"No experiment can be more interesting than that we are now trying, and which we trust will end in establishing the fact, that man may be governed by reason and truth. Our first object should therefore be, to leave open to him all the avenues to truth. The most effectual hitherto found, is the freedom of the press. It is, therefore, the first shut up by those who fear the investigation of their actions." --Thomas Jefferson to John Tyler, 1804.

The Macpherson appointment

Greg Macpherson

Greg Macpherson

The appointment of state Representative (and former attorney general candidate) Greg Macpherson to the Oregon Land Conservation and Development Commission has drawn enough fire to be slowed down, if not necessarily nixed. But it could say something about what that commission should be like in the months to come.

The opposition is not qualitative in terms of qualification for the job – Macpherson, who has a legislator and elsewhere has been immersed specifically in land policy for years – is well past that threshold, likely playing into the appointment by Governor Ted Kulongoski.

Oregonians in Action, which has spearheaded the opposition, takes issue instead with Macpherson’s specific stands (this from a press release appearing on Oregon Catalyst):

As many of you know, Mr. Macpherson is the state legislator from Lake Oswego who led the charge to draft Measure 49, run it through the legislature on a straight party line vote, and craft an exceedingly deceptive ballot title for the Measure without any public input.

As a reward, Governor Kulongoski has nominated Macpherson for a vacant spot on LCDC. If Macpherson becomes an LCDC commissioner, he will have no sympathy for Measure 49 claimants, rural Oregon property owners, or anyone who wants to make reasonable changes to our broken statewide land use planning system.

During his legislative career, Macpherson has opposed the most reasonable changes to Oregon’s land use laws. The last thing that LCDC needs is another hyper-partisan Portland area legislator who cares nothing about fixing a broken set of laws that are nearly four decades old.

Macpherson’s central role on Measure 49 is a matter of record; the rest is interpretative, and if you’re a fan of Measure 37 (the more ragged measure that 49 replaced), as OIA is, then you’re not going to be a Macpherson fan.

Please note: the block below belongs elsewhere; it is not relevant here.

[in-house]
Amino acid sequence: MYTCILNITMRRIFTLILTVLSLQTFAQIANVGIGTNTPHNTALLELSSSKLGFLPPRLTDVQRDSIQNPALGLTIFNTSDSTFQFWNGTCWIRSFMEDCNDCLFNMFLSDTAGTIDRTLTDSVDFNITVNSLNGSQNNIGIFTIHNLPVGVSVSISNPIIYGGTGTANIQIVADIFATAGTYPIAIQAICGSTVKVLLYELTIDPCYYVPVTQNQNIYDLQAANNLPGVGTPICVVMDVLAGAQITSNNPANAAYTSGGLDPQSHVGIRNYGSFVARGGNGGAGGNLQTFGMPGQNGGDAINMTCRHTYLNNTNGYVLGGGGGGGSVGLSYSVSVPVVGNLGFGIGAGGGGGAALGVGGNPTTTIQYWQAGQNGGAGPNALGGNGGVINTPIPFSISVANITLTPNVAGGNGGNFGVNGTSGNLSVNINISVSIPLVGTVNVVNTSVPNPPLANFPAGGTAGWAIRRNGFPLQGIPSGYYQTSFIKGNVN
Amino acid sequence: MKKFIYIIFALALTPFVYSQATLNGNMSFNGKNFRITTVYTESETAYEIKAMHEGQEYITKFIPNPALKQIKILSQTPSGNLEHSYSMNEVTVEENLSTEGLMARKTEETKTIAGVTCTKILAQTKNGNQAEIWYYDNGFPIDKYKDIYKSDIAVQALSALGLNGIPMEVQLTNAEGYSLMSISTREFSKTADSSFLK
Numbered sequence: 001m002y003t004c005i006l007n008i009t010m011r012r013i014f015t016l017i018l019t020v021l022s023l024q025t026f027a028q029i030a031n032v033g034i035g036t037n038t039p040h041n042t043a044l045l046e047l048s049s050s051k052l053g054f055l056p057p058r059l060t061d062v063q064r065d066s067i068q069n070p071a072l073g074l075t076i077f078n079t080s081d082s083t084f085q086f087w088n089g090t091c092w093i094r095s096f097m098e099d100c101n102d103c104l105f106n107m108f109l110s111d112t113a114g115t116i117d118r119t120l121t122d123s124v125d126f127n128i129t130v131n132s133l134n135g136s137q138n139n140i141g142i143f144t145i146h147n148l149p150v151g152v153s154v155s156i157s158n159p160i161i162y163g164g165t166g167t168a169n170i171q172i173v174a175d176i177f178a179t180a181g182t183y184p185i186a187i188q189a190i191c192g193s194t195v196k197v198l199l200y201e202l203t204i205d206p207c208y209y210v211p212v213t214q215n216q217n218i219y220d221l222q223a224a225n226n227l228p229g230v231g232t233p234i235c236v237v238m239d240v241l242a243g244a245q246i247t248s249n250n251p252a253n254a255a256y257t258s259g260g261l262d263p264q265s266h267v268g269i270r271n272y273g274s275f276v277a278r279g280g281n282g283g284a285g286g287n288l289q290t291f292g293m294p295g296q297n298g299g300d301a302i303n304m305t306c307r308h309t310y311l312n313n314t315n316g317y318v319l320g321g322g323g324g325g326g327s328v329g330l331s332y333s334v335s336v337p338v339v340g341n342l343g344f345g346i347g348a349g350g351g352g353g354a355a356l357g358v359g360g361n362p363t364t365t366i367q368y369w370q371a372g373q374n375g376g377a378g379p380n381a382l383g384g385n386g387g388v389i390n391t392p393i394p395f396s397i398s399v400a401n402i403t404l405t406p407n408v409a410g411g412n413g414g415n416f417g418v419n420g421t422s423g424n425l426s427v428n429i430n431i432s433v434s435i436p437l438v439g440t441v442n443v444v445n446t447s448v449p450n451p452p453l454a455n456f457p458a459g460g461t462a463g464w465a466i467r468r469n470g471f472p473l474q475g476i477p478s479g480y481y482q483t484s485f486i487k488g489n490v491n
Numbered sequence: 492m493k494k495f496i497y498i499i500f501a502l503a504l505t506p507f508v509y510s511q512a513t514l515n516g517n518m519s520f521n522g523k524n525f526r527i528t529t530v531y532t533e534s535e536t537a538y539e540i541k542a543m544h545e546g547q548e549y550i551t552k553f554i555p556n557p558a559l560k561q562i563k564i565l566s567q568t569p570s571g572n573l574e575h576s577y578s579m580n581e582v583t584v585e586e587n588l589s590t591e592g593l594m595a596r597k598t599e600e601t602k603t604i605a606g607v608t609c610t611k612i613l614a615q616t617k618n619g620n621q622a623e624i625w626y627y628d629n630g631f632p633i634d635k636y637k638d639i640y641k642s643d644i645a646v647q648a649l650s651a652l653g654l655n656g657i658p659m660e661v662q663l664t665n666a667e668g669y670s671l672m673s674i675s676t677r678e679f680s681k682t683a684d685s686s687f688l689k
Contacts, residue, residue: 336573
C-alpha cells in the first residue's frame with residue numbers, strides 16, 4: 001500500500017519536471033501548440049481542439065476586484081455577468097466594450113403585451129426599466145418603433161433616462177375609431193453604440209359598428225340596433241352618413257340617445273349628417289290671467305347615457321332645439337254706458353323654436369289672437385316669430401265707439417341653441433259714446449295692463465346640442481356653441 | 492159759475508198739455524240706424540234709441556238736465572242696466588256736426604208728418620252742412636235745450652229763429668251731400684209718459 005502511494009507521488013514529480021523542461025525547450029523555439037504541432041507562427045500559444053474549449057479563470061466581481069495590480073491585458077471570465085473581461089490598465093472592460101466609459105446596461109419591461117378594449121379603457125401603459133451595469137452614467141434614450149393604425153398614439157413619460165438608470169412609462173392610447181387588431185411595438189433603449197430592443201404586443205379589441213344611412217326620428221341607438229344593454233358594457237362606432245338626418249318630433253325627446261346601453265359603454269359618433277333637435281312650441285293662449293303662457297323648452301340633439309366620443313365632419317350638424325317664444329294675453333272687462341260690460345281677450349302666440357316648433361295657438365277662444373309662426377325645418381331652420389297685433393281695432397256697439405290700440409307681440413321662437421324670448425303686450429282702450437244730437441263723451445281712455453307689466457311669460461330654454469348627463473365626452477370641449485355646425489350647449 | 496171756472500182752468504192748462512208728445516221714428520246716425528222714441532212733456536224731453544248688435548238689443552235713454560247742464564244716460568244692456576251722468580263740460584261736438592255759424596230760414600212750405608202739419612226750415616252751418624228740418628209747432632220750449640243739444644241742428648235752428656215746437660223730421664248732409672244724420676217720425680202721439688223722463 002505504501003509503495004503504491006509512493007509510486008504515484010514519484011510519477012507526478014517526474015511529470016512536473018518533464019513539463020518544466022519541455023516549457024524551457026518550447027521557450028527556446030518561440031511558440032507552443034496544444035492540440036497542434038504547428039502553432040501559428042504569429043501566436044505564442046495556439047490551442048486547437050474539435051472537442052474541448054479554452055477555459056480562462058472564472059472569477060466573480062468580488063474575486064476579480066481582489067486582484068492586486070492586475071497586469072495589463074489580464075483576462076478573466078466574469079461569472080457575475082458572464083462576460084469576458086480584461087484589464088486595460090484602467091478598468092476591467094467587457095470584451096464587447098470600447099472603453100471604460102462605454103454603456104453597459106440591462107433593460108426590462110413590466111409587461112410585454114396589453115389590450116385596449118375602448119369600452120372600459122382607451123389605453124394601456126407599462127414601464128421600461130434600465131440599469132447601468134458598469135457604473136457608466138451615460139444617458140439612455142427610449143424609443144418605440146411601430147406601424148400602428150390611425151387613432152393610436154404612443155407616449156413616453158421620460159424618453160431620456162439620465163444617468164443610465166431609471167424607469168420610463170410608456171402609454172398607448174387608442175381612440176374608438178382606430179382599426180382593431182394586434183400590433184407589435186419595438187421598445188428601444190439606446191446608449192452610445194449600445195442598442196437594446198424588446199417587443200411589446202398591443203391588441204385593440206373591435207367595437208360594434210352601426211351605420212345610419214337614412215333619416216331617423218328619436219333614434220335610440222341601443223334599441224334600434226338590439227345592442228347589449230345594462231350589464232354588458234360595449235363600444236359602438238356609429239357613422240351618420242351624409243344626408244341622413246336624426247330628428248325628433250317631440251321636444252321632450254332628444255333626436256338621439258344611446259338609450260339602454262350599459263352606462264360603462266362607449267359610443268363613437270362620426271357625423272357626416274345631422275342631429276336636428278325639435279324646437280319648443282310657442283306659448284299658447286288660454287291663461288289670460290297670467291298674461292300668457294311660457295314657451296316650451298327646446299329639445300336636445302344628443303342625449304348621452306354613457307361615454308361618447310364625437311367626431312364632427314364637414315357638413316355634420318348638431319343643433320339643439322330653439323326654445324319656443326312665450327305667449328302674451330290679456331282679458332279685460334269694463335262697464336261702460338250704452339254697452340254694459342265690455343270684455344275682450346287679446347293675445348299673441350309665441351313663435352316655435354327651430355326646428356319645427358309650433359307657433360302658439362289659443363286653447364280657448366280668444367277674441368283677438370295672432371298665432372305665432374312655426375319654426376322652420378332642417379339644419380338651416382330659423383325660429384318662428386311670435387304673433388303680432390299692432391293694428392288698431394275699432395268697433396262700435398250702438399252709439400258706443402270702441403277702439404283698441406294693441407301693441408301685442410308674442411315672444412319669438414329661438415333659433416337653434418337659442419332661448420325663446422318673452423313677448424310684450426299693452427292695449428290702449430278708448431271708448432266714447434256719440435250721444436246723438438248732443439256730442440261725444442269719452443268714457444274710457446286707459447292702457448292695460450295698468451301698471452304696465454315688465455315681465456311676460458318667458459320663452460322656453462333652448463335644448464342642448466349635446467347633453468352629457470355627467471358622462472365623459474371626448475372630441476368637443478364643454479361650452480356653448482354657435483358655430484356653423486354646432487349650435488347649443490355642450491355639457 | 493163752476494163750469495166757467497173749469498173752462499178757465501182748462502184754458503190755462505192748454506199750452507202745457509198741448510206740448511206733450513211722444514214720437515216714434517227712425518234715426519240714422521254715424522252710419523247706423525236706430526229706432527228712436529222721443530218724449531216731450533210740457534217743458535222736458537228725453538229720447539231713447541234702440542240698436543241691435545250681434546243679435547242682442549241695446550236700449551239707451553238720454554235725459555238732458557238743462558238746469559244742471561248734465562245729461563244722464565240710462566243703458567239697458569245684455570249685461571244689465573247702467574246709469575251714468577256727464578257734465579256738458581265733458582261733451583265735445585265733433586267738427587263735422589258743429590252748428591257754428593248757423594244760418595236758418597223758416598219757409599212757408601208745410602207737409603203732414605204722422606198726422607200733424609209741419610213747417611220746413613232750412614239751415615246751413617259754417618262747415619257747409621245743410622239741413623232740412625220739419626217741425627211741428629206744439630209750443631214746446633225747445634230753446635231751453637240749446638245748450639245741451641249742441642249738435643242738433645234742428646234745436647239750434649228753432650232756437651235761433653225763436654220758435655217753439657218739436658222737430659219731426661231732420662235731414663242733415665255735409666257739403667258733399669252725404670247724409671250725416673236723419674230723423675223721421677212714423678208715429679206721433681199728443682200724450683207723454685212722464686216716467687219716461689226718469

OIA said yesterday that a proposed Senate vote to confirm Macpherson has been put off, owing to calls generated by the group, but also noted that a vote still could come later this year (or presumably in January). There may be an opportunity in this for more discussion about Oregon land law, which the state could well use. Macpherson might even welcome it; he was, after all, on the big majority side in the vote on Measure 49.

UPDATE Turns out that Oregonians in Action had less to do with the timing of the Macpherson appointment than they claimed. We got some some background on it from a correspondent yesterday, and now this has shown up on the Oregonian‘s opinion blog, from Doug Bates:

“When the Senate Rules Committee met last week for a confirmation hearing on Macpherson’s appointment by Gov. Ted Kulongoski, the panel’s vice chairman, Sen. Ted Ferrioli, R-John Day, raised a legal technicality. He asked whether a sitting member of the Legislature could be lawfully confirmed for such an appointment. Legal counsel didn’t have a ready reply, although Kulongoski has made several such appointments in the past without challenge. Macpherson told the committee he’d prefer holding up his confirmation hearing until the legal question can be addressed. There’s still plenty of time for that to happen between now and January, when Macpherson’s term in the Senate is over.”

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